Convert the Rear axle to disc brakes????

Technical questions and answers
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firemanshort
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Convert the Rear axle to disc brakes????

Post by firemanshort »

This forum is filled with posts debating the possibility and feasibility of removing the drum brakes from the front axle and replacing with discs. To date - I do not think there is a clear and easy answer. (But we have our best minds on the task.)

But what about the rear axle? Would that be easier to convert? (no swivel balls or steering) Would Defender Rear Discs just bolt on?

I am thinking that since the brake bias is toward the front - any improvements to the rear would never be realized. BUT... improvements are improvements. This is the academic debate I have in my head.

Has anyone else thought about this?
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Alicerover
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Post by Alicerover »

If you look up the Roam Offroad web site, you will see that they are offering disc brake conversion for both the front and the rear axle.
As I have discussed else where on this forum, there is a little bit of work to do to get the kit to fit the front axle.
Hope this helps
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firemanshort
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Post by firemanshort »

I saw your thing about the front axle. I was just wondering if you did the back and nothing else - left the fronts with the drums.
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Post by Alicerover »

Would not be a good idea to mix up drums and disc's. You could end up with some very interesting, if not dangerous, braking behaviour!!
map1275
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Post by map1275 »

As opposed to just dreaming and everyone else spelling out the facts for you, how about you grab some mechanical physics books and start quoting mass transfer and swept area issues plus starting with the fact that Drums are the more efficient braking system...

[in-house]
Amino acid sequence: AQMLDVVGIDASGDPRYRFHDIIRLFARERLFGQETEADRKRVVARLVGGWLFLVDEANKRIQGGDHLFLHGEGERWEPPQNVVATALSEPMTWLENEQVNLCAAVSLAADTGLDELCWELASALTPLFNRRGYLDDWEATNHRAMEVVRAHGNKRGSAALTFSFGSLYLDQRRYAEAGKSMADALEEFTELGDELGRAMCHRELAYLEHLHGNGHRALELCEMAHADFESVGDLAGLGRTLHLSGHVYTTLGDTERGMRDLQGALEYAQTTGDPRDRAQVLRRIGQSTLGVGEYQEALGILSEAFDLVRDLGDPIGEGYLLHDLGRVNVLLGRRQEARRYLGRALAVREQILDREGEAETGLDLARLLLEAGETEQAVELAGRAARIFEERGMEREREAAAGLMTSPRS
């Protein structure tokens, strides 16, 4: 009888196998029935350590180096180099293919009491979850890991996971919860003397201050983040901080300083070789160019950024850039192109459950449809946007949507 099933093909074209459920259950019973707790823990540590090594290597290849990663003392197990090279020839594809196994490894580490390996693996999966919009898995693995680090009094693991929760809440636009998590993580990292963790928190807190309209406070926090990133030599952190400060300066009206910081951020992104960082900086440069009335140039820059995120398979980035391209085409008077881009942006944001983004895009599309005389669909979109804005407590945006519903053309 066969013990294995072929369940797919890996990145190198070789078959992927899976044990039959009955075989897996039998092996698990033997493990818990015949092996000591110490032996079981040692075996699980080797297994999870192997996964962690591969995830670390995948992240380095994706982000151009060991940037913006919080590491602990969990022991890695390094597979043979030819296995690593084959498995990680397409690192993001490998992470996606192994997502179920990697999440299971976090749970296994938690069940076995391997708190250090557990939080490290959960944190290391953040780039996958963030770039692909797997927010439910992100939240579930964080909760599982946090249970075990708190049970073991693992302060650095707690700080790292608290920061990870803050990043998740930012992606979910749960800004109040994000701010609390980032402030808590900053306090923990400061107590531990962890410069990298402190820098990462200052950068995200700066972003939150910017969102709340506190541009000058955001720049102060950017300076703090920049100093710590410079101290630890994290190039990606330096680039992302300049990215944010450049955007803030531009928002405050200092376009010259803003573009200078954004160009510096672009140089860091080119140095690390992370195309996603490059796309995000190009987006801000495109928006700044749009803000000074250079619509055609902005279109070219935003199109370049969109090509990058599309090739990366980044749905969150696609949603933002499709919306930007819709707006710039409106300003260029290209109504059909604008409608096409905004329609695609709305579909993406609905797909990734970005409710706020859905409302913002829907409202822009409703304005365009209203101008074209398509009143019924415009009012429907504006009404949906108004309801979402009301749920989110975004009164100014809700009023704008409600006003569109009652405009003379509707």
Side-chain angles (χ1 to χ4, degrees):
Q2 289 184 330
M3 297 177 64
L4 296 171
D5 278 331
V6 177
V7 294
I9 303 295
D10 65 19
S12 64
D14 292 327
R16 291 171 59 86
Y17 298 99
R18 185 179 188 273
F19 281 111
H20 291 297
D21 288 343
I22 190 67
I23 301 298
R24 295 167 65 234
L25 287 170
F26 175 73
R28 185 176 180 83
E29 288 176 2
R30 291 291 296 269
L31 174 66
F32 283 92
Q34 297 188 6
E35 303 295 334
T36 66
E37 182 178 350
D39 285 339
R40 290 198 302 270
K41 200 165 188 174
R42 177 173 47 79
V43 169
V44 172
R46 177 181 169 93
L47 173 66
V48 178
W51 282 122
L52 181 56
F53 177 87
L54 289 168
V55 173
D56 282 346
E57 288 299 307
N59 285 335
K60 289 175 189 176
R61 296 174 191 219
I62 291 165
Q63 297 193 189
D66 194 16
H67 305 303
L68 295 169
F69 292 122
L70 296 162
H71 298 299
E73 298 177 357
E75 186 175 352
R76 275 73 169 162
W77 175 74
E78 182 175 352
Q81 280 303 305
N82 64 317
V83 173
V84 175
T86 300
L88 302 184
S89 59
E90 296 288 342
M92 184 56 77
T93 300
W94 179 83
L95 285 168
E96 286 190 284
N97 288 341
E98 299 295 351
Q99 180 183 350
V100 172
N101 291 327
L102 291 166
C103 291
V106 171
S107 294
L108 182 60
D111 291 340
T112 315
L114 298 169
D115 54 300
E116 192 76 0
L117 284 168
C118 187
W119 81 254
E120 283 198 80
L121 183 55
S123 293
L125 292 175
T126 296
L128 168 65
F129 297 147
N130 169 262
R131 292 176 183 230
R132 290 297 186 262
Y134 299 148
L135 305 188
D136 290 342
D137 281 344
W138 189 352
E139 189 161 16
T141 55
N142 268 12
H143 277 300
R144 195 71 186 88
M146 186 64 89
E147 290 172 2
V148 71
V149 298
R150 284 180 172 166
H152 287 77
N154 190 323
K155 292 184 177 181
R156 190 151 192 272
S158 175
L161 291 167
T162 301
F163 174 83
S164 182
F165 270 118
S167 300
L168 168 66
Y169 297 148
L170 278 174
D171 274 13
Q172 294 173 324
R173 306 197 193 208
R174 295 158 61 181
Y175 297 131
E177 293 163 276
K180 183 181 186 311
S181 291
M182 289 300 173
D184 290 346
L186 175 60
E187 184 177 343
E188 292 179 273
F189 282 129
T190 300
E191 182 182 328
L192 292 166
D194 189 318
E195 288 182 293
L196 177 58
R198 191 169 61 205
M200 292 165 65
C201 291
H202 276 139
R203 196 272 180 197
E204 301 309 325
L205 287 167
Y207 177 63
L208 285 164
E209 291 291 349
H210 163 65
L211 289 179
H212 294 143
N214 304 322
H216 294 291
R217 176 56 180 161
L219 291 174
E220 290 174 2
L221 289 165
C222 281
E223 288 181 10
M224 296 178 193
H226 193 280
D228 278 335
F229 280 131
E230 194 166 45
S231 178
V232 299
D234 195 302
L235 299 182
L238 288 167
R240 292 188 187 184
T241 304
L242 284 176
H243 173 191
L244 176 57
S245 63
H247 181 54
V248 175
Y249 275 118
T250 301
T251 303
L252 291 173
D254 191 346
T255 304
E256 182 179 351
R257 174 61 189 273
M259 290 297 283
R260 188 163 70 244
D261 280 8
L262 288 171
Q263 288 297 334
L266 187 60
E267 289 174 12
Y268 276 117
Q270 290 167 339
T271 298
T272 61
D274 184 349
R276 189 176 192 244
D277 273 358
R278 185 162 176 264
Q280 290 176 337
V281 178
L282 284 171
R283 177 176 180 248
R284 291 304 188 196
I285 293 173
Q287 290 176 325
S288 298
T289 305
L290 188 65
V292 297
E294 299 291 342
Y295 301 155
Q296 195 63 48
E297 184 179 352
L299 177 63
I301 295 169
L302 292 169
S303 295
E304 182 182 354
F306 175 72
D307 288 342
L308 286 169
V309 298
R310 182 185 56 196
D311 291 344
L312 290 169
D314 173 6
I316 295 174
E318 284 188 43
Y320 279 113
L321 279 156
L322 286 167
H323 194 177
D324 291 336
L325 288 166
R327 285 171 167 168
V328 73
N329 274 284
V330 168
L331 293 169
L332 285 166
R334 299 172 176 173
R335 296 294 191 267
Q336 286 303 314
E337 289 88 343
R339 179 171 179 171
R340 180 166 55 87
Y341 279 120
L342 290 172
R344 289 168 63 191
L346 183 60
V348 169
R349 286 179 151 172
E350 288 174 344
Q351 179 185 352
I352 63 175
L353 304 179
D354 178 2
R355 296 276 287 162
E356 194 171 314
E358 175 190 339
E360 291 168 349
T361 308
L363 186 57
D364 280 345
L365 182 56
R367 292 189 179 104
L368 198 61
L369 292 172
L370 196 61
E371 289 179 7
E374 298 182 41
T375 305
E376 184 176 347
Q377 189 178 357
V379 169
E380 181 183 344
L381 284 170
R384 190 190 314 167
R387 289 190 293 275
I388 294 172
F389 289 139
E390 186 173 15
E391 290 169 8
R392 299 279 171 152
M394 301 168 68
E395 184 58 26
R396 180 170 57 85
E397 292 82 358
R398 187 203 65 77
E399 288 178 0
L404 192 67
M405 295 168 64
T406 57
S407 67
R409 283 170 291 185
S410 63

Then you can just read a parts book and see that later 110 parts will just bolt on.
harry potter
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Post by harry potter »

map1275 wrote:starting with the fact that Drums are the more efficient braking system....
where does it say that drums are more efficient than discs? l would like to read that publication.

l thought that discs were more efficient as they could disapate heat better, were self adjusting, self cleaning.
why do all new cars have discs (certainly on the front).

but do F1 cars have drum brakes???
map1275
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Post by map1275 »

This is yet another topic that has already been well flogged on this forum already. One of the things we were asking the moderator/administrator to address.

If you read any book on basic mechanics you will see the facts on braking systems. I would suggest 'AA Book of the Car' as a good starting point. Whereas all you have done is quoted select points of your choosing about discs. What you chose to skip was that discs are NOT self energising and have but a fraction of the surface area of drums and all the additional components that are required to compensate for the use of discs such as servo assistance.
harry potter
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Post by harry potter »

map1275. first of all l did not skip that "discs are NOT self energising" and quote only the selective points of discs - l quoted what l understood about discs and what l have read about why manufactures have changed from drum to disc. l had never heard of "self energising"